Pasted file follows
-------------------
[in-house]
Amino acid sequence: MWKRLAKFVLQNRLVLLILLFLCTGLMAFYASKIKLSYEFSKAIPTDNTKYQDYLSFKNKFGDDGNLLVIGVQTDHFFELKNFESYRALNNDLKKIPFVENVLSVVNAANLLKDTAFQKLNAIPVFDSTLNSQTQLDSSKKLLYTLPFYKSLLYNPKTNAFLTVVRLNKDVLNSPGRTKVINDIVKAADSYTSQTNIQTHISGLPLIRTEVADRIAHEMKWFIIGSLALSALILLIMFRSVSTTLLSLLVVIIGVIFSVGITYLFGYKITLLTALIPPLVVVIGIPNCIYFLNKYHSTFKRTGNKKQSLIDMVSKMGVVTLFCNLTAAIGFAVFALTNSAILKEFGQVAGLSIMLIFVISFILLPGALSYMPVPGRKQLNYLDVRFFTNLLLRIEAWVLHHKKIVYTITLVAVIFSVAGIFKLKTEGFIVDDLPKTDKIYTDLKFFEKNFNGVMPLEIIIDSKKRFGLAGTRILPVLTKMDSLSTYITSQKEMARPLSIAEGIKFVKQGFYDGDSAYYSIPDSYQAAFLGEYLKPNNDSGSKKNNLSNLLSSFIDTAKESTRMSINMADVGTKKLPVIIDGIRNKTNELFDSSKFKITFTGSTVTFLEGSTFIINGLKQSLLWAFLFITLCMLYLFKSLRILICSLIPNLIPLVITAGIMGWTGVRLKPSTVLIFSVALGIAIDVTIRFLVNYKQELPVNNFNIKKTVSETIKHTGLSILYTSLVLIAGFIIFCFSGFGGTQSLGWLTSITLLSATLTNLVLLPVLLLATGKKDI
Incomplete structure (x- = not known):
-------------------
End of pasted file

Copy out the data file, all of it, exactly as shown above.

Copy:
[in-house]
Amino acid sequence: MWKRLAKFVLQNRLVLLILLFLCTGLMAFYASKIKLSYEFSKAIPTDNTKYQDYLSFKNKFGDDGNLLVIGVQTDHFFELKNFESYRALNNDLKKIPFVENVLSVVNAANLLKDTAFQKLNAIPVFDSTLNSQTQLDSSKKLLYTLPFYKSLLYNPKTNAFLTVVRLNKDVLNSPGRTKVINDIVKAADSYTSQTNIQTHISGLPLIRTEVADRIAHEMKWFIIGSLALSALILLIMFRSVSTTLLSLLVVIIGVIFSVGITYLFGYKITLLTALIPPLVVVIGIPNCIYFLNKYHSTFKRTGNKKQSLIDMVSKMGVVTLFCNLTAAIGFAVFALTNSAILKEFGQVAGLSIMLIFVISFILLPGALSYMPVPGRKQLNYLDVRFFTNLLLRIEAWVLHHKKIVYTITLVAVIFSVAGIFKLKTEGFIVDDLPKTDKIYTDLKFFEKNFNGVMPLEIIIDSKKRFGLAGTRILPVLTKMDSLSTYITSQKEMARPLSIAEGIKFVKQGFYDGDSAYYSIPDSYQAAFLGEYLKPNNDSGSKKNNLSNLLSSFIDTAKESTRMSINMADVGTKKLPVIIDGIRNKTNELFDSSKFKITFTGSTVTFLEGSTFIINGLKQSLLWAFLFITLCMLYLFKSLRILICSLIPNLIPLVITAGIMGWTGVRLKPSTVLIFSVALGIAIDVTIRFLVNYKQELPVNNFNIKKTVSETIKHTGLSILYTSLVLIAGFIIFCFSGFGGTQSLGWLTSITLLSATLTNLVLLPVLLLATGKKDI
Incomplete structure (x- = not known):